Monday, July 13, 2015

Who Is Nicholas Winton?

The Story of the Silent Hero


This is the story of a man named Nicholas Winton. He is German-Jewish by blood but British by birth and religion. Many people especially the generations of today might not know him but he is a man worth recognizing.

He was born and raised in the comforts of a well-to-do family; he graduated in International Banking in London and worked in different parts of the world.

So who is this man, and why am I talking about him? What significance does it make if I talk about him?

This man is a silent hero, who, for 50 long years, has kept his heroic deed in secrecy; even from his own wife.


In the year 1988, his wife found an old scrapbook in their attic filled with names, pictures, letters, travel documents and notes crediting Nicholas’ colleagues.

Nicholas’ wife was puzzled by this and asked for an explanation about the scrapbook. He only gave her a general explanation and told her to just throw all those papers away because he thought those papers were of no use anymore.

His wife instead gave the papers to a Holocaust Historian and the rest was history. Numerous write-ups and recognition came pouring in for Nicholas and the publicity spread worldwide.

His heroic deed was also featured in books and films.


So what did Nicholas Winton do that made people recognize him as a hero?

Much like the famous Oskar Schindler, whose heroism was featured in the award winning movie “Schindler’s List”, Nicholas Winton rescued 669 Holocaust children who now have more than 6000 descendants.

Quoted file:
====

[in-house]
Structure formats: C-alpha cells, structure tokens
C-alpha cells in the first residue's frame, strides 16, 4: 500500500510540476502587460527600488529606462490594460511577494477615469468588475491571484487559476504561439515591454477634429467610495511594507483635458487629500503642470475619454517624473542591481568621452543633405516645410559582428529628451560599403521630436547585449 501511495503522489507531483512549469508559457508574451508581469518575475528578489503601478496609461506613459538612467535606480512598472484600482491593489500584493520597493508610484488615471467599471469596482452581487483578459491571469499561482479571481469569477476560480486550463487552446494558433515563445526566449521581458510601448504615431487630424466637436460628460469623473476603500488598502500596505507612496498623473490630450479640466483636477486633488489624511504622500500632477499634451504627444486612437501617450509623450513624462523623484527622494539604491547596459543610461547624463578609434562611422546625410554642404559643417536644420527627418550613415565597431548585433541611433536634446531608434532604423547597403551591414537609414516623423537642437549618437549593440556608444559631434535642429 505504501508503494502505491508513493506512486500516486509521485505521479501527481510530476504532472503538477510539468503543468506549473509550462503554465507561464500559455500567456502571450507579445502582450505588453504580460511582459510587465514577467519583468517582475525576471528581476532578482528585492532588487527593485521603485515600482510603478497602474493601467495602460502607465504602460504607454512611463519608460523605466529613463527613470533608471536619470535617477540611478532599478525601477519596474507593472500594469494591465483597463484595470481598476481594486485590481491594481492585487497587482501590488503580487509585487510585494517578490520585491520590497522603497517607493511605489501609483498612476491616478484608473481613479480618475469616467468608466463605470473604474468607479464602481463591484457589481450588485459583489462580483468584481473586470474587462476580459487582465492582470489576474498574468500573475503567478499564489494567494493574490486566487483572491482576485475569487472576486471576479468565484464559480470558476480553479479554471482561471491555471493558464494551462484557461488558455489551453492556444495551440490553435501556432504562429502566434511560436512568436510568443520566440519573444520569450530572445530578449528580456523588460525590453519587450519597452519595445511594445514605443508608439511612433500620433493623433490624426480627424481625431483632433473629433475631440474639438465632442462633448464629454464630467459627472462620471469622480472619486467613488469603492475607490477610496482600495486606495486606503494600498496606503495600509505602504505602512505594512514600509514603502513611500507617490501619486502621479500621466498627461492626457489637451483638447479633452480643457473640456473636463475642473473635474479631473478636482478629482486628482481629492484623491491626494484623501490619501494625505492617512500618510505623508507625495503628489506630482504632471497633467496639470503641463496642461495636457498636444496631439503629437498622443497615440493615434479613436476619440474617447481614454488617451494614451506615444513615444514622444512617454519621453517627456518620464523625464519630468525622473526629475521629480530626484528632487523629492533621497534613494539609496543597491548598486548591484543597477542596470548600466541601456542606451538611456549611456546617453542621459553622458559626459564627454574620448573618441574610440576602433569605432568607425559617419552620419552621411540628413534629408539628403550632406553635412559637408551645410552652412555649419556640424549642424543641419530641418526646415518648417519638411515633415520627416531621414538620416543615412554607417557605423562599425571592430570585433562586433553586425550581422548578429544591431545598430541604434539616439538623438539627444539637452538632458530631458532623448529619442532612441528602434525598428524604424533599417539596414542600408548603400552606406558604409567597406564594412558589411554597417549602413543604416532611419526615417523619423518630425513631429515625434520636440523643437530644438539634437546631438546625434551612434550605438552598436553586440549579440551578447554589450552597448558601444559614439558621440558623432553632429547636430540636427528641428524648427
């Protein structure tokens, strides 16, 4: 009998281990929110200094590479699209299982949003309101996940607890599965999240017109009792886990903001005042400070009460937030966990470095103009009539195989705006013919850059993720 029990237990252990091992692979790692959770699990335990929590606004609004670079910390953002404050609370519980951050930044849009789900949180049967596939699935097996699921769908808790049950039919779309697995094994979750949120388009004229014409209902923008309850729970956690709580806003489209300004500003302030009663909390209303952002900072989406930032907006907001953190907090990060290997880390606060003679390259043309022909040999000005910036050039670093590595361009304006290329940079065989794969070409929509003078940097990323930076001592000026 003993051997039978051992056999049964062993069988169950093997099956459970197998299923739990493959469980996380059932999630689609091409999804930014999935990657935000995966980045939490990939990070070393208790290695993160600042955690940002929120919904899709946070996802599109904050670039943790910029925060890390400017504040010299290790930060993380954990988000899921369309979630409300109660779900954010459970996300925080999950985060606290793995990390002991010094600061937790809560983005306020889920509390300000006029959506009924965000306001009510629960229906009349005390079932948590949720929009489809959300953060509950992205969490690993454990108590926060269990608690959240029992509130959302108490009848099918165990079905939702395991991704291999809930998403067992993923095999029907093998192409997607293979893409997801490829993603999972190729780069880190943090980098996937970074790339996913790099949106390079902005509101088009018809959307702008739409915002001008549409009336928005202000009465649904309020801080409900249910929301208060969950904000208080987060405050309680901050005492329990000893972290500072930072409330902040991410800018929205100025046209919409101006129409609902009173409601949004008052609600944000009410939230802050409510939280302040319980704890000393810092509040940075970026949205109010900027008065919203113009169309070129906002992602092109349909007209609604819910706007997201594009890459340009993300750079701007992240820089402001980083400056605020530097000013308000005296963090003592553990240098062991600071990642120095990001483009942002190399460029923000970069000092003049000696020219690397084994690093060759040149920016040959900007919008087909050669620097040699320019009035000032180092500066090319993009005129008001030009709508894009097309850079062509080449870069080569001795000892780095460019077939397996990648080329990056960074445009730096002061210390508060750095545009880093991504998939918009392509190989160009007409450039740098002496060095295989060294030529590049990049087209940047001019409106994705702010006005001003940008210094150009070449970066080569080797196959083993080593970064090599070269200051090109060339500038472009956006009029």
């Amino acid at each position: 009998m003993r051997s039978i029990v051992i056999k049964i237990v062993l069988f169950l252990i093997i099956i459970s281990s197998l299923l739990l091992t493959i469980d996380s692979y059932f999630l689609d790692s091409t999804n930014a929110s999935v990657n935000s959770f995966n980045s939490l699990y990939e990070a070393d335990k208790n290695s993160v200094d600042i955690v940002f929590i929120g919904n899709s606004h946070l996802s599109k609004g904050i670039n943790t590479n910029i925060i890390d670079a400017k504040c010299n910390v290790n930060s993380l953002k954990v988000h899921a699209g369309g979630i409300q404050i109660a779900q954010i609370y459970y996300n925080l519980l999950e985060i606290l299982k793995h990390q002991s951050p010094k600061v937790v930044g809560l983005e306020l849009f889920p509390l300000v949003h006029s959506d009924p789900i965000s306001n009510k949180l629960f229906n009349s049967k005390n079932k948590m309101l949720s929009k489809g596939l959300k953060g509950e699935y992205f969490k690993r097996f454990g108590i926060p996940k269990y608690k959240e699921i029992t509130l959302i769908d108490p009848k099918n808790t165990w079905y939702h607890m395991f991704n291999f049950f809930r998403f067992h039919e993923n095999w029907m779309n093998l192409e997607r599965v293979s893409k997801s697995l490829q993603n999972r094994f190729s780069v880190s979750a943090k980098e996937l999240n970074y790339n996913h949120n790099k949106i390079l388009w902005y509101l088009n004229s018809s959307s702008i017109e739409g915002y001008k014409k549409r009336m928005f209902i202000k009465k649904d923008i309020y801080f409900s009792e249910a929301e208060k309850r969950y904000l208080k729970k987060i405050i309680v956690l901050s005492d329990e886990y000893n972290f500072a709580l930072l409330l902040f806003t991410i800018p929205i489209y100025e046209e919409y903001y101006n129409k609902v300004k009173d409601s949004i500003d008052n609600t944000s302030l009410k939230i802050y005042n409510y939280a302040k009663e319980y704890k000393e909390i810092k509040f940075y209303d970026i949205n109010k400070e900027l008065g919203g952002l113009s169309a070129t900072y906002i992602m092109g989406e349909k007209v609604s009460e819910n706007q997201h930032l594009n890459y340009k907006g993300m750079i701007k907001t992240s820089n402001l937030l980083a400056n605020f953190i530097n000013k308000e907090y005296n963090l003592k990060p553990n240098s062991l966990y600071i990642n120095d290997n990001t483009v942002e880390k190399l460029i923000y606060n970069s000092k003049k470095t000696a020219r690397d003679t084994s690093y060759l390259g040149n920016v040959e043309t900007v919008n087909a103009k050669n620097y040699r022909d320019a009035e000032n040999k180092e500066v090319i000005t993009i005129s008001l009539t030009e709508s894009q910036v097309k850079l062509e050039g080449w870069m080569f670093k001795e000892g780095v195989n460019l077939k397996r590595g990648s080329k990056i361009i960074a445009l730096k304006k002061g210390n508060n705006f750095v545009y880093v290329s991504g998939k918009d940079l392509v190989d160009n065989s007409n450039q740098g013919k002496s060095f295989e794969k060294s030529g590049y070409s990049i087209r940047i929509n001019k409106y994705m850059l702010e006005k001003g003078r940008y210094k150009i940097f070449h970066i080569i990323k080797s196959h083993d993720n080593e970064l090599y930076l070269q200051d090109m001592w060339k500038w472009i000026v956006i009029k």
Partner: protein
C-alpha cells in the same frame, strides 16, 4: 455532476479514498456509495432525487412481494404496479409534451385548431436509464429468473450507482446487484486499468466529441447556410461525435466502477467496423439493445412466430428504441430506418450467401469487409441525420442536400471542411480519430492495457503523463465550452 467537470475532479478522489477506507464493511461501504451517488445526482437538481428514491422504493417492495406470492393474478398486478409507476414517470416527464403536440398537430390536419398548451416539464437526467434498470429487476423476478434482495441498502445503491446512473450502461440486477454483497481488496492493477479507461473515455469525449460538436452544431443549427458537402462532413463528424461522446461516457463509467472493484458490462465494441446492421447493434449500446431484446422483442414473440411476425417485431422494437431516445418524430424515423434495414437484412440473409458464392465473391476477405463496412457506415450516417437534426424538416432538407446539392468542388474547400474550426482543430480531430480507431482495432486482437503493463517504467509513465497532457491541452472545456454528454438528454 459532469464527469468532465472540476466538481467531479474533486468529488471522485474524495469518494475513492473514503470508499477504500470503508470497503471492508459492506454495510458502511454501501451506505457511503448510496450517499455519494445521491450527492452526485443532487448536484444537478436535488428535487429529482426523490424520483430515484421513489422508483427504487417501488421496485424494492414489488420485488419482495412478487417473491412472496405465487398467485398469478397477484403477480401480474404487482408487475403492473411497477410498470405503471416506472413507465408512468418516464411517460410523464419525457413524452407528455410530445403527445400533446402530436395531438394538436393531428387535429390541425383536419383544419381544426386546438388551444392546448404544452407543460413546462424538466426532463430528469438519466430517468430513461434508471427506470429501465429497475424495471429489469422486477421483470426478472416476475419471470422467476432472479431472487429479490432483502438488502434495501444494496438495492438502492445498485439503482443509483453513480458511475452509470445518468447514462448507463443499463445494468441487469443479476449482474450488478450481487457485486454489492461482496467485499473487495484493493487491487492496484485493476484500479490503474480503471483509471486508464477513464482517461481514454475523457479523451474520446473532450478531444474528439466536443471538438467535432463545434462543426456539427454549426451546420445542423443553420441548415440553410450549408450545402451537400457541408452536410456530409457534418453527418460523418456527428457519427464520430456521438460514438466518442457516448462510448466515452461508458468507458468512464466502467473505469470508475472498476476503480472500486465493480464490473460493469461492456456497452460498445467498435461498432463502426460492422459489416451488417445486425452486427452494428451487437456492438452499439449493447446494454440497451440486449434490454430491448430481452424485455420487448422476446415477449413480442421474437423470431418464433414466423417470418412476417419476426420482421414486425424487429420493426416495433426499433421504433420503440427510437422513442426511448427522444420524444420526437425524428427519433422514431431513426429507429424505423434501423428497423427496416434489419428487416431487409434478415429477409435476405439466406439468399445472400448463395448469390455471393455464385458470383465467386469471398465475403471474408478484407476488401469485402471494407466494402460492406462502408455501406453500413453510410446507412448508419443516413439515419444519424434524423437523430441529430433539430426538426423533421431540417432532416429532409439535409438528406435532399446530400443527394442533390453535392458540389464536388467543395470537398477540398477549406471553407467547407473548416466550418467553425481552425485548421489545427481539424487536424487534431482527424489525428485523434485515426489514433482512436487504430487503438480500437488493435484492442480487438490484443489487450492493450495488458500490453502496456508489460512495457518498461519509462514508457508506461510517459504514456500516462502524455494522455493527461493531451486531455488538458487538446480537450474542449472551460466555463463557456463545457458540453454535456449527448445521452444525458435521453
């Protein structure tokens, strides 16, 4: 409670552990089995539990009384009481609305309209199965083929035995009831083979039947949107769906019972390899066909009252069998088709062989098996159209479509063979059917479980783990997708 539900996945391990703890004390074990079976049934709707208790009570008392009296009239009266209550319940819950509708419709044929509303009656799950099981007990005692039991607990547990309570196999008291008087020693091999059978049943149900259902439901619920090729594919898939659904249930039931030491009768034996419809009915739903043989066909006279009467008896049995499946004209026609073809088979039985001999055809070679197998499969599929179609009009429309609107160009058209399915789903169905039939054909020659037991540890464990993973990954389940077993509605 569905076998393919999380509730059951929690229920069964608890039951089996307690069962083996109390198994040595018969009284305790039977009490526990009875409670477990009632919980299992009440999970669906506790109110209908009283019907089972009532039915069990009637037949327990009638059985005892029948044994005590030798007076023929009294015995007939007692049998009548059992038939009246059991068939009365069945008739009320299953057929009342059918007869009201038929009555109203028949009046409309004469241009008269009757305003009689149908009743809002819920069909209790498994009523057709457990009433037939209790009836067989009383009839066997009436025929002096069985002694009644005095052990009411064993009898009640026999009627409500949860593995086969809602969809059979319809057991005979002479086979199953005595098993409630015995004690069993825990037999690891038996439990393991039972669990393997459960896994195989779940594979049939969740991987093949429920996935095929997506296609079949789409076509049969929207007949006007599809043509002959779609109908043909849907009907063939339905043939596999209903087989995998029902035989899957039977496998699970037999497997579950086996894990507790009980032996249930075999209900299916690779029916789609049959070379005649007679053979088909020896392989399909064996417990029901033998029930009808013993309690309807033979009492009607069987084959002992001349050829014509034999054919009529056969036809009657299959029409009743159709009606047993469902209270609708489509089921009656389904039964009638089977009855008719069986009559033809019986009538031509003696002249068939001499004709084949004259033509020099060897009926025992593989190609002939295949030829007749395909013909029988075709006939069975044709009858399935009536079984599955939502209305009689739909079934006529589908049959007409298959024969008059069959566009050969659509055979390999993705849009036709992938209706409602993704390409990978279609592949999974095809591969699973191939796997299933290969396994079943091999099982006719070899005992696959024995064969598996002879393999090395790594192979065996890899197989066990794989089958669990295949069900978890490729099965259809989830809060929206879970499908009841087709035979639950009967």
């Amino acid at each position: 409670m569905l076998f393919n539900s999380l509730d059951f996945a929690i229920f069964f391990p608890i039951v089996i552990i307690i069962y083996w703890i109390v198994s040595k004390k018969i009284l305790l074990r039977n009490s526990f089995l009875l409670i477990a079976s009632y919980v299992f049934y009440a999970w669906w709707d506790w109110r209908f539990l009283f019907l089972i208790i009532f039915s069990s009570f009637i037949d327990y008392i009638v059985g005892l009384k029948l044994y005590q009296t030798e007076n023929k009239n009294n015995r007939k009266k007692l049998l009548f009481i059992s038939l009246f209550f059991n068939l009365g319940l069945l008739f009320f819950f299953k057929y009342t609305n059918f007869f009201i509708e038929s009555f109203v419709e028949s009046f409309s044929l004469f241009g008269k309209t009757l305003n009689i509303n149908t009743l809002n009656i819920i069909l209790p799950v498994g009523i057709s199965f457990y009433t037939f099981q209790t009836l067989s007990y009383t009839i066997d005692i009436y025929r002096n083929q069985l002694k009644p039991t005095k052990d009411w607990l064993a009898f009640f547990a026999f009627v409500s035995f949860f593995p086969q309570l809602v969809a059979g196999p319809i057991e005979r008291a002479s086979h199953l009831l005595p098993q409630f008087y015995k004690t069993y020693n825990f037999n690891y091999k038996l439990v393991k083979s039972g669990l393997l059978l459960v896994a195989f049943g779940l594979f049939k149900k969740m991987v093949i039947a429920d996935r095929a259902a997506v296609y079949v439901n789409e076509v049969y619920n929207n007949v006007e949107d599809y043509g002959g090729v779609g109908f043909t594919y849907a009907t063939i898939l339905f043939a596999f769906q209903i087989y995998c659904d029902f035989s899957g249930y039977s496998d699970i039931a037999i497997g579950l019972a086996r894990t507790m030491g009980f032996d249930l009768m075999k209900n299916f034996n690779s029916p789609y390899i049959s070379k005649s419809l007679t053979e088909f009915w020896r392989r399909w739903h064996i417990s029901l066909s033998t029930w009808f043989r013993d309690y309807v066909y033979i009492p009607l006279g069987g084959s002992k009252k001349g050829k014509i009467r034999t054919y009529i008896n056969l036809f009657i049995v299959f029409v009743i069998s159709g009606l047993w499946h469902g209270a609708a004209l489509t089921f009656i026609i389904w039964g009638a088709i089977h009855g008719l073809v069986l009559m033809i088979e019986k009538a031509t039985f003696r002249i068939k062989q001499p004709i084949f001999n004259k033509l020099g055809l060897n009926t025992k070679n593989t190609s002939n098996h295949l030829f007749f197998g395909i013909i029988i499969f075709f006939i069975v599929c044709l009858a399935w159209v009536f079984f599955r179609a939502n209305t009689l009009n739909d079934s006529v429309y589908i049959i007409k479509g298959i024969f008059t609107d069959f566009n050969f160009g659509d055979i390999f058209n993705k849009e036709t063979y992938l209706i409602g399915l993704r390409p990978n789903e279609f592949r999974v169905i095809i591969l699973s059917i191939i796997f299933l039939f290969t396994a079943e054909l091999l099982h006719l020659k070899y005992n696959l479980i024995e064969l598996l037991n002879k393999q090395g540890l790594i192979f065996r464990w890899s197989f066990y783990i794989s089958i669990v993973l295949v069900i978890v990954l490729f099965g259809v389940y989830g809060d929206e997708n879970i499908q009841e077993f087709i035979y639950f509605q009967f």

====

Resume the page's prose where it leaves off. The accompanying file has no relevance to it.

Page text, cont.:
These 6000 descendants would not be here today had it not been for Mr. Winton’s efforts of saving their ancestors.

It all started in December 1938 when he cancelled his skiing trip in Switzerland and instead headed on to Prague, where one of his friends was aiding refugees in the western region of Czechoslovakia.

There, he saw the stricken condition of the big number of people in the refugee camps. He saw how hopeless the situation of the people were, especially the children.

The chance of escape was low, given the limitations on Jewish immigration to the West.


Mr. Winton created a mass-rescue operation in Czechoslovakia because there was none in that area at that time.

The operation involved a lot of danger and effort to get the children out of war-torn Czechoslovakia.

In Mr. Winton’s hotel room in Prague, he met a lot of terrified parents who begged for their children to be fled and saved even if it meant having to be painfully separated from them with no chance of ever seeing each other again.

In 1939, Nicholas went back to London to look for foster homes for the children and raise money for their transport to Britain.


In March 1939, before Hitler made the Czech provinces of Bohemia and Moravia as a German “Protectorate,” the first 20 children successfully left Prague on a train.

It was an emotional scene as the children pleaded not to be taken away from their parents but their parents could only agonizingly let them go for their own safety.

Mr. Winton and his colleagues arranged for 8 more trains for the remaining children after that. Only 7 trains made it through though, the last being able to reach Britain in August 1939 which gave the total of 669 rescued children.


The eighth train which carried around 250 children wasn’t able to make it through as Hitler already invaded Poland on the day it was supposed to enter London; it was September 1, 1939.

Within hours of the invasion and closing of all borders, the train disappeared and all 250 children were never seen again. They were believed to have perished inside the German concentration camps.

That was the end of Mr. Winton’s rescue mission. 50 years after keeping silent, his efforts were finally made known to the world.


After the war, many of the saved children remained in Britain, but others returned to Czechoslovakia or emigrated to Israel, Australia or the United States.